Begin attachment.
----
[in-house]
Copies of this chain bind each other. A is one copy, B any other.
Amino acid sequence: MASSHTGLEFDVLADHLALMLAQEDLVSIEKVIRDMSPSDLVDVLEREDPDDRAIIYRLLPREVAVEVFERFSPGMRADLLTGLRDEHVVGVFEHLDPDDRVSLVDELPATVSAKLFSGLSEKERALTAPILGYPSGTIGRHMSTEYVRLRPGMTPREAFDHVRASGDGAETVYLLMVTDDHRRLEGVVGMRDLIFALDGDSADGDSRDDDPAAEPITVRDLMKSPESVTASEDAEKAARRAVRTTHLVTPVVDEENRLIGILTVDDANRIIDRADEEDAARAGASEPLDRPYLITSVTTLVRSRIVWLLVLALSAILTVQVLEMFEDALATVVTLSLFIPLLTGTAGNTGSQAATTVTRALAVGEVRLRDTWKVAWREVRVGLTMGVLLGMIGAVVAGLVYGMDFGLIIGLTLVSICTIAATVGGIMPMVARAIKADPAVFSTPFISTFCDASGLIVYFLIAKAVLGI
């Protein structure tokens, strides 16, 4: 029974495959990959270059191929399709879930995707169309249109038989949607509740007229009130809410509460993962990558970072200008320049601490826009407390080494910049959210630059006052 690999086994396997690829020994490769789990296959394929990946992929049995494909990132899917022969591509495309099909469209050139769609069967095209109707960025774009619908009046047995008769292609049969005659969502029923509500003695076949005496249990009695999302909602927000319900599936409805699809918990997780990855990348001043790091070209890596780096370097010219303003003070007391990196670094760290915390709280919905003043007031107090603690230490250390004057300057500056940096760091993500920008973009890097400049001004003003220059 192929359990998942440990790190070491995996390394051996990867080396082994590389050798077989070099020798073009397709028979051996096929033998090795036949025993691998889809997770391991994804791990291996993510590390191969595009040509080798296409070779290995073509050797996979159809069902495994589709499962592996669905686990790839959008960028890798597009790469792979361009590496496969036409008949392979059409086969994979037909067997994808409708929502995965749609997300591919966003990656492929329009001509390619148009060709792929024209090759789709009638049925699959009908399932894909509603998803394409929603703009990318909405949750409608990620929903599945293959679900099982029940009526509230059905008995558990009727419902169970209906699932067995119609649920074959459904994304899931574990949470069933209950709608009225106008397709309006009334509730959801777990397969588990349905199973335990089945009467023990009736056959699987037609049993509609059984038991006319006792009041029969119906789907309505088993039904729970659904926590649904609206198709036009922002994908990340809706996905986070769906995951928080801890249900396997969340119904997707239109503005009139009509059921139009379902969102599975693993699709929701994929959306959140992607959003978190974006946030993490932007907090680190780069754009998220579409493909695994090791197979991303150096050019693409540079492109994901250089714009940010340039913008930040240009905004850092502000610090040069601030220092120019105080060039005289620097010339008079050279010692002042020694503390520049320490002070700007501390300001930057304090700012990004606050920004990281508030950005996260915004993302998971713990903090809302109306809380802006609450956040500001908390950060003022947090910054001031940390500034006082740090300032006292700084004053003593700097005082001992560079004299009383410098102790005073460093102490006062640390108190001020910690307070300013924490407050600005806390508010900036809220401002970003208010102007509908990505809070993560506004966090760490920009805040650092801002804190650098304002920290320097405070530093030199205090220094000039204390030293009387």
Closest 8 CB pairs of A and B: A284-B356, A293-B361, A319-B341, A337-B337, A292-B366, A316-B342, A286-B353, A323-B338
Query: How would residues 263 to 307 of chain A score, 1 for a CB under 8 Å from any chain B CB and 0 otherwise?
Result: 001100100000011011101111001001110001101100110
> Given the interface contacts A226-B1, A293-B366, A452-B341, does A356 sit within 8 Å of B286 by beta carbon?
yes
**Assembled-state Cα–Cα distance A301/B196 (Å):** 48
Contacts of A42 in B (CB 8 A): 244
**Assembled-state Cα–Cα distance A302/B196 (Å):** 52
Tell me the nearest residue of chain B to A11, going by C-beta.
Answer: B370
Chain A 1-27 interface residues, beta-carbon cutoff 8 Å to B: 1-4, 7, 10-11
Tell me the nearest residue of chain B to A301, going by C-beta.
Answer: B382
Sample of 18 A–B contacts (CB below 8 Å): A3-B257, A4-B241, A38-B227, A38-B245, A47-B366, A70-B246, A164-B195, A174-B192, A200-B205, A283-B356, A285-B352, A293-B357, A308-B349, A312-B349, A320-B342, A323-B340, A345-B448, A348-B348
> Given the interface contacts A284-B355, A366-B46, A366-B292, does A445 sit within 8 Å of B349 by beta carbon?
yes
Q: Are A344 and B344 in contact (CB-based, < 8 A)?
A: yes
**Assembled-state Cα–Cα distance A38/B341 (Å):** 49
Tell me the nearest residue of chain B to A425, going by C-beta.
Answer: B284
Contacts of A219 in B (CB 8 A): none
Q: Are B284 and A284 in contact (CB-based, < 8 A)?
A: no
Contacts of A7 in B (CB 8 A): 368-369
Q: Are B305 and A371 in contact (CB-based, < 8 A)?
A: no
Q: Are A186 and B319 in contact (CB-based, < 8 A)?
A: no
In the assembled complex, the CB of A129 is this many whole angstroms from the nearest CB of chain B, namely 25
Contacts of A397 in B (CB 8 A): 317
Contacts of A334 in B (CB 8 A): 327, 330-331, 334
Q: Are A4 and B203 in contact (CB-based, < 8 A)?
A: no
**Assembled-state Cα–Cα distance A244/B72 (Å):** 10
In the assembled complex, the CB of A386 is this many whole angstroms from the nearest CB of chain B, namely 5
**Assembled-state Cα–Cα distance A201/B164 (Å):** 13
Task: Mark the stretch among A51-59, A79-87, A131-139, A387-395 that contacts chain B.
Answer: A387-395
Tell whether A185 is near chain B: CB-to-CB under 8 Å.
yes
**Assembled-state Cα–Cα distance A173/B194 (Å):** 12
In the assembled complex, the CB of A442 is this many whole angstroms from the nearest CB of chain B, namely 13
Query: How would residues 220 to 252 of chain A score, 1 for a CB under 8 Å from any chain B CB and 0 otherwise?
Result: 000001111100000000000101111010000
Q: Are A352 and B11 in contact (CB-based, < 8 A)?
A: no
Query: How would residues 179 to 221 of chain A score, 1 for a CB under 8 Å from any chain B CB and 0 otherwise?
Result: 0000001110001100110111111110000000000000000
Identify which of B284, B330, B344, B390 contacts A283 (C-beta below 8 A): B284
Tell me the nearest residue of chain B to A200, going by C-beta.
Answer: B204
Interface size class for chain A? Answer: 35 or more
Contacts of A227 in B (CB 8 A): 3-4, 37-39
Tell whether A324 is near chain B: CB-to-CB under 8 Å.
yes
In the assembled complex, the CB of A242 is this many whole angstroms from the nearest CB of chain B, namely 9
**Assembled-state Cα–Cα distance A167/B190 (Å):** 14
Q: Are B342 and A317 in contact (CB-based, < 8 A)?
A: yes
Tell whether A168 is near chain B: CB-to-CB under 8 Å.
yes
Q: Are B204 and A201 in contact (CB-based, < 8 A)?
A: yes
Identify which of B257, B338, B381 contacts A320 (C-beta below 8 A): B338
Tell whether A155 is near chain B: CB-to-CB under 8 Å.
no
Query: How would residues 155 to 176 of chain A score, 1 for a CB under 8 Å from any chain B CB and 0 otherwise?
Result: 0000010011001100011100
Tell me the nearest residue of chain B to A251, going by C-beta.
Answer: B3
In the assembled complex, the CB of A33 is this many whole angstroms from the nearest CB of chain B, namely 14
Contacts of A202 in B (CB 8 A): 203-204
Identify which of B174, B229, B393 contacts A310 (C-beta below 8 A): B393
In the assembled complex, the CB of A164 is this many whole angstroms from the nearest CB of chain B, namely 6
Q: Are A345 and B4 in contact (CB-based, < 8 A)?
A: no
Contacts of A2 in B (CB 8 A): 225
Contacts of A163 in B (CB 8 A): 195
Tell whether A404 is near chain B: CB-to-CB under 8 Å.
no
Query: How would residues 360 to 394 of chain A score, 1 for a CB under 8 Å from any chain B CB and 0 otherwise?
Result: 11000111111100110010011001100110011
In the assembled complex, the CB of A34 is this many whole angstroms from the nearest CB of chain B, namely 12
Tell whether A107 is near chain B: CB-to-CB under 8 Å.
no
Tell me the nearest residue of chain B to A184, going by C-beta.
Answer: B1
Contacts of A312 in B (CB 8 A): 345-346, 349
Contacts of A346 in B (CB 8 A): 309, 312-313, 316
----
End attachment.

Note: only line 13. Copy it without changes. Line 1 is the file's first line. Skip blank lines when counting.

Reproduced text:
Tell me the nearest residue of chain B to A11, going by C-beta.